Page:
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Military, first responders unveil 9/11 monument in Delaware

12 years after the September 11th attacks, the Dover Air Force Base is remembering those who lost their lives with a new memorial.

First responders, servicemen and state officials officially dedicated the 9/11 memorial Wednesday at Dover’s Air Mobility Command Museum.

The pentagon shaped design features relics from the 9-11 attacks including two steel beams from Tower One of World Trade Center , a rock from the Flight 93’s crash site, and a stone from the Pentagon. The two steel beams make an arrow shape pointing towards New York.

Military, first responders unveil 9/11 monument in Delaware
Surrounded by a pentagon-shaped knee-high brick enclosure is the main monument, featuring two steel beams from the World Trade Center Tower One in an arrow shape pointing toward New York City.

President of the Eagle Firefighters Association Captain Aaron Weisenberger says that the cornerstone from the Pentagon was an unexpected last minute addition.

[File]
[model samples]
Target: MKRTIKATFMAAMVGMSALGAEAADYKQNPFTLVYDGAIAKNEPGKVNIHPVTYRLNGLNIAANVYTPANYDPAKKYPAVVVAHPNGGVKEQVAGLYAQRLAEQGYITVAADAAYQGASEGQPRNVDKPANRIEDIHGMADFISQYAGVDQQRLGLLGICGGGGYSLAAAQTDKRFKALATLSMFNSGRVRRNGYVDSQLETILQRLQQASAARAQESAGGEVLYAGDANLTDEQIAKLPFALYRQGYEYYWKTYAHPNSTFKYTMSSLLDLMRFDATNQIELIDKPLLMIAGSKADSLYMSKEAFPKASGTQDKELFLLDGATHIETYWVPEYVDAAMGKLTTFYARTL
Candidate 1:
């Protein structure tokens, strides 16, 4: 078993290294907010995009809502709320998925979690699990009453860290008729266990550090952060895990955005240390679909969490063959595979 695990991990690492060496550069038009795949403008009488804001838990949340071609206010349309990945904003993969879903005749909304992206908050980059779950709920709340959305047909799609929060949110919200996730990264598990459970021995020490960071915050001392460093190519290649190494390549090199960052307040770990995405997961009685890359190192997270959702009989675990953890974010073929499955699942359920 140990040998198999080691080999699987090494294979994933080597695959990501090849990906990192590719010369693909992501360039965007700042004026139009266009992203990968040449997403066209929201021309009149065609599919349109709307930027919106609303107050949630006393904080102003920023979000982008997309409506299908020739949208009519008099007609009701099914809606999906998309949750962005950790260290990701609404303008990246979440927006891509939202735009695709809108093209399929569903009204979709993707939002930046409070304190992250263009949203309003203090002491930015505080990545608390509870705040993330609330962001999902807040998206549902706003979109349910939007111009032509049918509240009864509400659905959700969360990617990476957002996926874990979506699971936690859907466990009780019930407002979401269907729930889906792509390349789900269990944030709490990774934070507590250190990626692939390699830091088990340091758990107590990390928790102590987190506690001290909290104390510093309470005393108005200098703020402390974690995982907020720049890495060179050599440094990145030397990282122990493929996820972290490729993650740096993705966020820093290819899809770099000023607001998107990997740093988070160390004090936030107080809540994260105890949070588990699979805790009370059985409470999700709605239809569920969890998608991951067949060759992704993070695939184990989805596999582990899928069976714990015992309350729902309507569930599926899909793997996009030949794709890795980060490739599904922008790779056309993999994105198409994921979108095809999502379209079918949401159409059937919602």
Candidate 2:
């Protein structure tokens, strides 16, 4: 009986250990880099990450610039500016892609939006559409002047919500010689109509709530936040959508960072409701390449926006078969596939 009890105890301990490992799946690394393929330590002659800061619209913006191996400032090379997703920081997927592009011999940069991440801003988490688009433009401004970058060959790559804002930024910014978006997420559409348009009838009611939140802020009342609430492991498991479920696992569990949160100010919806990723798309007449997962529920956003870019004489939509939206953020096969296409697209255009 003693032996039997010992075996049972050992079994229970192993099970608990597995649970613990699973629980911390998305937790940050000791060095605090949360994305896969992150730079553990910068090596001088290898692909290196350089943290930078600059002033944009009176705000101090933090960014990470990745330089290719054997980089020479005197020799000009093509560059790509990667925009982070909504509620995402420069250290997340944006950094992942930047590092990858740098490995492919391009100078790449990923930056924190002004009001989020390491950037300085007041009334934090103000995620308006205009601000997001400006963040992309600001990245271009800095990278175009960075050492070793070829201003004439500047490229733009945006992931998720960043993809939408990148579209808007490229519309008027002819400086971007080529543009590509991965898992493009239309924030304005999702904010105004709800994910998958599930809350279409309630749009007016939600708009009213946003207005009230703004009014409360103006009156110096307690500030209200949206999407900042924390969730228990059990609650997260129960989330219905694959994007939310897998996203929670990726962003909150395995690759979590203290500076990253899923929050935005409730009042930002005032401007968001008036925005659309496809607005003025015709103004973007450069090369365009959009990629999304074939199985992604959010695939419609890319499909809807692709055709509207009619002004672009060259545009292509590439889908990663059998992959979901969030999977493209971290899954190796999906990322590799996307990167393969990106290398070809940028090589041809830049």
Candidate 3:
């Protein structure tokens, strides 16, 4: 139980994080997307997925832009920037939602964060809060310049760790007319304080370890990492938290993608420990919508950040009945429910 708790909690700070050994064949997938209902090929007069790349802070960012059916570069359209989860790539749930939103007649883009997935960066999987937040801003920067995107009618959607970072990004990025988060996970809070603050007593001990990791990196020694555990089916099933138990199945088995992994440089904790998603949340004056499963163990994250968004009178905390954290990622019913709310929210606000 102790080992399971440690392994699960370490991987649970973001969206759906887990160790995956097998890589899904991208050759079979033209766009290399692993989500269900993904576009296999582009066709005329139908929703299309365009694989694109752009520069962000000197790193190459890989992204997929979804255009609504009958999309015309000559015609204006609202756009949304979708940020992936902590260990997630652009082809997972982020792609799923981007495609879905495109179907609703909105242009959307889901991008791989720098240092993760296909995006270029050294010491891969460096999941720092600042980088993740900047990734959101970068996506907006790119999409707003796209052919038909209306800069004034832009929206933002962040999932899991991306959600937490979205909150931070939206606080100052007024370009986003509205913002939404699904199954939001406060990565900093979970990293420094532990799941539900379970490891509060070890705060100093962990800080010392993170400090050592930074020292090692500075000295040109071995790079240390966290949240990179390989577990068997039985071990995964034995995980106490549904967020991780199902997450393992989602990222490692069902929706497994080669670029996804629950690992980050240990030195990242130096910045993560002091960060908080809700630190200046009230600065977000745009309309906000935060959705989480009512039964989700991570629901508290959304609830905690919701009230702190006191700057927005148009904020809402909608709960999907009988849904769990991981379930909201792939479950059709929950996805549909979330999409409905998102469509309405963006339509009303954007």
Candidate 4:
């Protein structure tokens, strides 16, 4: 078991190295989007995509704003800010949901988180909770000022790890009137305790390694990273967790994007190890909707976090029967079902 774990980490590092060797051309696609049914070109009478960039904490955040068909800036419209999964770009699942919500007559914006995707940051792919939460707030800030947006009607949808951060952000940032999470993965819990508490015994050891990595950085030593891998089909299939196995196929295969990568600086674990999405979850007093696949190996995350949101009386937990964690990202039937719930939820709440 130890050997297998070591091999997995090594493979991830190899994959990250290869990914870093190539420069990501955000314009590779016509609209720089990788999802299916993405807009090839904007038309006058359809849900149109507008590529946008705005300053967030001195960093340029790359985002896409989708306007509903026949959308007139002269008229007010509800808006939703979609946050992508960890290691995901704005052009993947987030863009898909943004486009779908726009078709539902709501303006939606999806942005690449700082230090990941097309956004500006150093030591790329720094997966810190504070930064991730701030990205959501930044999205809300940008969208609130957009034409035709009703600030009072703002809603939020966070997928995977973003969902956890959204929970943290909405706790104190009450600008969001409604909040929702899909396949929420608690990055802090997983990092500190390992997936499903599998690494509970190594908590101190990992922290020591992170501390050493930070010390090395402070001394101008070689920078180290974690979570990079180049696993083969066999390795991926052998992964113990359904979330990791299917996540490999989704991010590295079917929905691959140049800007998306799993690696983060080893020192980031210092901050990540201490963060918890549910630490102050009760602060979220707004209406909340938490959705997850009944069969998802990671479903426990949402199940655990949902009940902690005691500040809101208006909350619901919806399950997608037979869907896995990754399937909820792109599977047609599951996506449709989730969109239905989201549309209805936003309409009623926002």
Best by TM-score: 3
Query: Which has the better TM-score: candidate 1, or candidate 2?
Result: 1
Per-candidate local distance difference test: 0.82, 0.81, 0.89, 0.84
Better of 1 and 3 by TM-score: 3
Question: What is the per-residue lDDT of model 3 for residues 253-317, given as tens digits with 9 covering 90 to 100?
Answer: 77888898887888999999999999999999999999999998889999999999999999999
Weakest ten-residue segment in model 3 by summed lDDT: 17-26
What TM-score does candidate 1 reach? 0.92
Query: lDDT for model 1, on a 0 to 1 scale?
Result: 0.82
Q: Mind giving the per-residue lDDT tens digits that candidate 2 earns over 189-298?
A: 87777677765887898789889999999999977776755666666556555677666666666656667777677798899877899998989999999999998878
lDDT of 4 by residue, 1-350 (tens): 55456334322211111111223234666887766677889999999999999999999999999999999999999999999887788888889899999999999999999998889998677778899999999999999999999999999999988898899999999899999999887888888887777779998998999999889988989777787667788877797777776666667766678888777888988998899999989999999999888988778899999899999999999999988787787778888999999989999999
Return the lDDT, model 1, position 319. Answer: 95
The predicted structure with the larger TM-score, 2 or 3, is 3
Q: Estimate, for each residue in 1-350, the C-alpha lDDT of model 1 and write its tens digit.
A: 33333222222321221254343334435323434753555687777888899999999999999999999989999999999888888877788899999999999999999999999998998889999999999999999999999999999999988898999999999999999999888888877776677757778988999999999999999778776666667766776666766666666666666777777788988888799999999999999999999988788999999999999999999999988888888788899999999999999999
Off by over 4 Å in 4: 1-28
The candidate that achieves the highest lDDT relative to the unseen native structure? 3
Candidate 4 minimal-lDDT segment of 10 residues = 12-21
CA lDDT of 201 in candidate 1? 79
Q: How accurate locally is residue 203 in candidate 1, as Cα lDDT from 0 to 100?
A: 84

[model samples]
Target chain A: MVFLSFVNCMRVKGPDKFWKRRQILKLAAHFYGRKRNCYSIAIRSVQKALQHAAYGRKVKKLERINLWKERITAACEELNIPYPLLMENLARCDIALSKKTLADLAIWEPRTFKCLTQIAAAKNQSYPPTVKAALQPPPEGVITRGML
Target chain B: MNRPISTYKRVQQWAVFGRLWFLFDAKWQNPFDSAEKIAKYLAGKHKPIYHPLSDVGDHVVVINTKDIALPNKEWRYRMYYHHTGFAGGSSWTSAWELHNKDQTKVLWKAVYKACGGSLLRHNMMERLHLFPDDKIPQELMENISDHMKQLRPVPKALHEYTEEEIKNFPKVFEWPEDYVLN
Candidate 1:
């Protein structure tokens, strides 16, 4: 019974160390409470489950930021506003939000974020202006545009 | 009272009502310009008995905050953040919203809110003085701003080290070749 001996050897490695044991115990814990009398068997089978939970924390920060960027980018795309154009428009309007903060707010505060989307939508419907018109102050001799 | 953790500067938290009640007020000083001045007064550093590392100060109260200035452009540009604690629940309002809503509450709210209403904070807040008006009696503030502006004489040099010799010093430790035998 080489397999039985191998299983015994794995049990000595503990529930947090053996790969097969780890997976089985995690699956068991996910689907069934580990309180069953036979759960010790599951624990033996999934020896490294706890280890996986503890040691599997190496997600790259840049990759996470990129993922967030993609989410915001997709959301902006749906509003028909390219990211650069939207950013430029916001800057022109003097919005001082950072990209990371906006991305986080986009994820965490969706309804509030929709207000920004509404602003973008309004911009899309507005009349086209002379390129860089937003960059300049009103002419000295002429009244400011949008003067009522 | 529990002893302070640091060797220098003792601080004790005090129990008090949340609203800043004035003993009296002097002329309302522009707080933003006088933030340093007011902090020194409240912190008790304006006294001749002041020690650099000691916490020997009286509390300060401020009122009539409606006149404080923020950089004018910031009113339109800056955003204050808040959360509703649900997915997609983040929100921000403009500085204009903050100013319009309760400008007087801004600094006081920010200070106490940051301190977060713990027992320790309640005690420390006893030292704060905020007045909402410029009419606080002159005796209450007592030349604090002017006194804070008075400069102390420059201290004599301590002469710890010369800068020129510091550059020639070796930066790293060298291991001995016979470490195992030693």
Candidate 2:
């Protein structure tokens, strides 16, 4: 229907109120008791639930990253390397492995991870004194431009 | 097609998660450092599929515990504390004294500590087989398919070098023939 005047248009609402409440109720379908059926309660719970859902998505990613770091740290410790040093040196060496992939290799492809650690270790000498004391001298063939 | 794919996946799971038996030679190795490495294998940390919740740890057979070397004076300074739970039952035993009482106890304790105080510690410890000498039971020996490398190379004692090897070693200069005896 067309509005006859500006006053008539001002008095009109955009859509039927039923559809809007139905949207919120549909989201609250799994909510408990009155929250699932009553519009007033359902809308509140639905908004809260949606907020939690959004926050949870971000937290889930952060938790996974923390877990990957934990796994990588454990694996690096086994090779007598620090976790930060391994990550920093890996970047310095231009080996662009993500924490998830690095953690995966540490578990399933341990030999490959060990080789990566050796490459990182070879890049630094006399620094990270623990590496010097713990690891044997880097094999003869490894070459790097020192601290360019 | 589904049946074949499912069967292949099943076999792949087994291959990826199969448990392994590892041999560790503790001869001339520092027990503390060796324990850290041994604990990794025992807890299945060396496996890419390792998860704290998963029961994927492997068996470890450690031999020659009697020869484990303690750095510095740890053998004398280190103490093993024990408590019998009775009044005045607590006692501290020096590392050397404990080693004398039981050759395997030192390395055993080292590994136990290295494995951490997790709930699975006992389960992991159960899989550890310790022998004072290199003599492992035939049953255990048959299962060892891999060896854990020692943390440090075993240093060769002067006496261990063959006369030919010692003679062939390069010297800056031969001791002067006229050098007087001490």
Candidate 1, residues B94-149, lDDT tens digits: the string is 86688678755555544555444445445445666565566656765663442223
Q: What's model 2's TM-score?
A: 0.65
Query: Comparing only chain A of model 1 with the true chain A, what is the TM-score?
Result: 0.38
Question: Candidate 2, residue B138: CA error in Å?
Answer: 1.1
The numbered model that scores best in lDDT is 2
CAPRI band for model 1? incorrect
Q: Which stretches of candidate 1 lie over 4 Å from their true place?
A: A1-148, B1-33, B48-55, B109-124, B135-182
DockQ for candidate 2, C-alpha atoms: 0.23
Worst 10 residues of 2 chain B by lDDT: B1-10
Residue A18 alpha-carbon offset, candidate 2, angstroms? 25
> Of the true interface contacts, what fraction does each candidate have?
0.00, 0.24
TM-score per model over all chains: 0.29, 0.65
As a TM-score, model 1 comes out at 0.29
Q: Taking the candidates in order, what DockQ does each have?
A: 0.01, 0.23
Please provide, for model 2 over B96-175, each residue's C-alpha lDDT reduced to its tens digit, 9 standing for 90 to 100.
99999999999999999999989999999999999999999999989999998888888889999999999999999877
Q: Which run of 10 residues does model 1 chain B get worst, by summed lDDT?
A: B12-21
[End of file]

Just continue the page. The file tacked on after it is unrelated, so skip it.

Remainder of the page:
“Three days ago we only had a piece of memorabilia from the shanksville site, we had the world trade center steel so we were only going to represent the pentagon in the shape of the memorial,” said Weisenberger. An individual from the pentagon brought over a stone, we didn’t even request it. Having a piece from all 3 sites pays proper respect to all those people that passed away at those specific sites.”

The Eagle Firefighters Association is a non-profit organization that focuses on the welfare of Dover Air Force Base’s firefighters
It donated the over $37,000 dollars needed to create the memorial. Planning and design has been on going for the past 3 years. The monument was originally to be located at the Air Force Base Fire Station but the museum seemed more appropriate.


“Air Mobility Command already has a lot of monuments and history out here, it just seemed like the ideal place,” said Weisenberger. “The public can come out here, see the history of the military and also now have a part of September 11th here.”

Construction of the monument started one month before September 11th. Weisenberger admitted that he was skeptical that it could be completed in time for the anniversary.

“Steve Miller from PDX Services stepped up and when we broke ground said that this memorial will be done,” said Weisenberger. “Here it is a month later. It’s amazing that it was able to be done.”

Admission to the Air Mobility Command Museum is open to the public Tuesday through Sunday, 9:00 a.m. to 4:00 p.m.